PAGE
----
In statement, Foreign Office says adoption of resolution that threatens GSP+ status reflects ‘lack of understanding’ on religious sensitivities
Pakistan’s Foreign Office on Friday said it was ‘disappointed’ by the European Parliament’s adoption of a resolution on the country’s blasphemy laws, stressing that the legislative body’s actions reflected a “lack of understanding” on the laws and their associated religious sensitivities.
“Pakistan is disappointed at the adoption of a resolution at the European Parliament on blasphemy laws in the country. The discourse in the European Parliament reflects a lack of understanding in the context of blasphemy laws and associated religious sensitivities in Pakistan—and in the wider Muslim world,” read a press release issued by spokesperson Zahid Hafeez Chaudhri. “The unwarranted commentary about Pakistan’s judicial system and domestic laws are regrettable,” it added.
Noting that Pakistan is a “parliamentary democracy with a vibrant civil society, free media, and independent judiciary,” it stressed that the country was fully committed to promoting and protecting the human rights of all its citizens without discrimination. “We are proud of our minorities who enjoy equal rights and complete protection of fundamental freedoms as enshrined in the Constitution,” read the statement, adding that mechanisms existed to help guard “against any human rights violations.”
Reiterating Pakistan’s role in promoting freedom of religion, tolerance, and inter-faith harmony, the Foreign Office said the international community must unite against xenophobia, intolerance, and incitement to violence based on religion or belief and work together to strengthen peaceful co-existence “at a time of rising Islamophobia and populism.”
Pledging to continue engaging with the E.U. on all issues of mutual interest, Chaudhri added that Pakistan and the regional bloc already had multiple mechanisms to discuss the “entire spectrum of bilateral relations, including a dedicated Dialogue on Democracy, Rule of Law, Governance and Human Rights.”
GSP+ status review
A day earlier, the European Parliament adopted a non-binding resolution against Pakistan asking for a review of trade relations with the country and ending its GSP+ status over “the government systematically enforcing blasphemy laws and failing to protect religious minorities from abuses.”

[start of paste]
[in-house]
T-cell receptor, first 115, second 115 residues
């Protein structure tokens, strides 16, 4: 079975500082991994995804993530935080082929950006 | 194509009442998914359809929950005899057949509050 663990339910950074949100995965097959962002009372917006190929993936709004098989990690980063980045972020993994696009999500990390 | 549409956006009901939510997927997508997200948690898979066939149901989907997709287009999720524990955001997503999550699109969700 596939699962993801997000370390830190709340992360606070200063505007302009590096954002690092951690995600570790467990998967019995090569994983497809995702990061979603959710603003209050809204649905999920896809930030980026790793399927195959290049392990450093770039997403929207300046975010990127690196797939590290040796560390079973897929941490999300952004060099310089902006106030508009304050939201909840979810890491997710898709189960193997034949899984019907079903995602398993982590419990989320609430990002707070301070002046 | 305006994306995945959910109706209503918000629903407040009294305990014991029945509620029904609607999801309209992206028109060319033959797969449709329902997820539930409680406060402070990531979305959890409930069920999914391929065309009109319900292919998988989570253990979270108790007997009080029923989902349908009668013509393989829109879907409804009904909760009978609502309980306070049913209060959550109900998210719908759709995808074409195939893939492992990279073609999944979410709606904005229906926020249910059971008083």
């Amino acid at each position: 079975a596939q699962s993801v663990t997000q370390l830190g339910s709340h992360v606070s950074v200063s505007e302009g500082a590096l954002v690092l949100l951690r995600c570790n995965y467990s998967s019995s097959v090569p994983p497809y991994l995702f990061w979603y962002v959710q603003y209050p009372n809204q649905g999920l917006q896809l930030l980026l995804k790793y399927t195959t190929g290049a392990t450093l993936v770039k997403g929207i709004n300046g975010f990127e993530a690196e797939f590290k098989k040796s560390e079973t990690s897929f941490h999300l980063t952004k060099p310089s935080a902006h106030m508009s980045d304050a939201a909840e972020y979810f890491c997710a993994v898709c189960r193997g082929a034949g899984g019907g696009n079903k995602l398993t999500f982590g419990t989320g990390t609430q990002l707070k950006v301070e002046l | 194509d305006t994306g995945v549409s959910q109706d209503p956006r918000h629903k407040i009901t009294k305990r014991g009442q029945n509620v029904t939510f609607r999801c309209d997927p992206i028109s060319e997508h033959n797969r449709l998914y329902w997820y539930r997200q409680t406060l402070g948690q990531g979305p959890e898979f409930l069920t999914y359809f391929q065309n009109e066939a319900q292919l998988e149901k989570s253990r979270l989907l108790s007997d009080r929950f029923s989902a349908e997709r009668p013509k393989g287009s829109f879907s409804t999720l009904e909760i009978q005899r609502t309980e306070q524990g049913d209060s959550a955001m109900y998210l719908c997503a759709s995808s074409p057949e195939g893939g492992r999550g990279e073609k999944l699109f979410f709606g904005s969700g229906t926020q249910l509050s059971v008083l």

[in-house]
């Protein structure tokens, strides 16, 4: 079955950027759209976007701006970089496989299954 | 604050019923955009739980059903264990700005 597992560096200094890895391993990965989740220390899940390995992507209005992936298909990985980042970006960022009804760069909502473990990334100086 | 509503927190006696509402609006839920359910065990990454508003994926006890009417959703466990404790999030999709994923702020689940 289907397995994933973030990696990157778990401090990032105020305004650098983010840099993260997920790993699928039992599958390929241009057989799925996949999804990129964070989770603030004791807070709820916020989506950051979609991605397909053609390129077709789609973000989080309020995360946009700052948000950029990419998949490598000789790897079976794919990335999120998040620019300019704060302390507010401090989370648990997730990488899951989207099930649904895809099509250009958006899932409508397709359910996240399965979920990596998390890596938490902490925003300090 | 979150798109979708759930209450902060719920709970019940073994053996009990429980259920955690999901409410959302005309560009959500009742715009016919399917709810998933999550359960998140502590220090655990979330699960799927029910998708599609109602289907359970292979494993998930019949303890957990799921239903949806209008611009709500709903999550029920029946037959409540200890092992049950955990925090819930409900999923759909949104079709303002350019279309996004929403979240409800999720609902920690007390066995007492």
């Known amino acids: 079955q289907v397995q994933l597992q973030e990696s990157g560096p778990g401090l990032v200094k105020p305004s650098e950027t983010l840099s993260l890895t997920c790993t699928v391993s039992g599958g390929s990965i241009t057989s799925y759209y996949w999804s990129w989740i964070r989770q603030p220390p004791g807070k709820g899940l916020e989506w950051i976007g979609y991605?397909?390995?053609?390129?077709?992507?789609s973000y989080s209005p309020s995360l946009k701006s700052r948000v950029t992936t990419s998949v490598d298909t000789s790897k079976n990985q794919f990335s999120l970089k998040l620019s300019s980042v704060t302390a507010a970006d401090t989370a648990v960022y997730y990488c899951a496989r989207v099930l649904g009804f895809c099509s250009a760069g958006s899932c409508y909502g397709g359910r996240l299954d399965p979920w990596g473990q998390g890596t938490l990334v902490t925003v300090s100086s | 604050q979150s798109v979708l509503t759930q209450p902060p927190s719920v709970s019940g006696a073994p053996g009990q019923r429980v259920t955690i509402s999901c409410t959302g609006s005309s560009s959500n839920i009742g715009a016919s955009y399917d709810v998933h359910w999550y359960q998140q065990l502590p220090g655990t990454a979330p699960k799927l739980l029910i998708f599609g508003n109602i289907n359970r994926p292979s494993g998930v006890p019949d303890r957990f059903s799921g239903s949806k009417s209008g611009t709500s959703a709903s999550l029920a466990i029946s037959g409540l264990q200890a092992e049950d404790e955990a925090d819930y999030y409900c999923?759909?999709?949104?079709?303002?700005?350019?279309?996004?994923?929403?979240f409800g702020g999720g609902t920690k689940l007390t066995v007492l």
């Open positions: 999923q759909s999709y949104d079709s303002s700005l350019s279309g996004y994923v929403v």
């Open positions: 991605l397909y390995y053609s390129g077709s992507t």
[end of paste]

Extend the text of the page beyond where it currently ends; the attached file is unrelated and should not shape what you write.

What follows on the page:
Passing with 662 in favor, 3 again, and 26 abstentions, the resolution claims there is “sufficient reason” to initiate the process of temporarily withdrawing the status and benefits of the GSP+ designation. The GSP+ designation allows developing countries to export to the E.U. market without import duties. The designation is available for low and lower-middle income countries that implement 27 international conventions related to human rights, labor rights, protection of the environment and good governance. Pakistan has had the GSP+ status since 2014.
The resolution was presented by Renew Europe, a liberal, pro-European political group, and claims Pakistan has violated the conditions of its Generalized Scheme of Preferences-Plus status. Its text notes that “repeated and deceptive attacks against the French authorities” by radical groups—such as the protests by the Tehreek-e-Labbaik Pakistan group—and statements of the government on the issue have escalated matters. It also noted that a member of the ruling party had tabled a resolution in Parliament demanding a debate on the expulsion of the French ambassador and said “violent demonstrations and attacks against France [are] unacceptable.”
It added: “[The European Parliament is] deeply concerned by the anti-French sentiment in Pakistan, which has led French nationals and companies to have to leave the country temporarily.”
Prime Minister Imran Khan had, last week, warned that calls for the eviction of the French ambassador to Pakistan risked retaliation from the E.U., stressing this would impact the country’s exports sector and damage its economy. He had claimed he wanted to unite the world’s Muslim states on a single platform, suggesting that they could then use their economic might to pressure the west into implementing laws against blasphemy.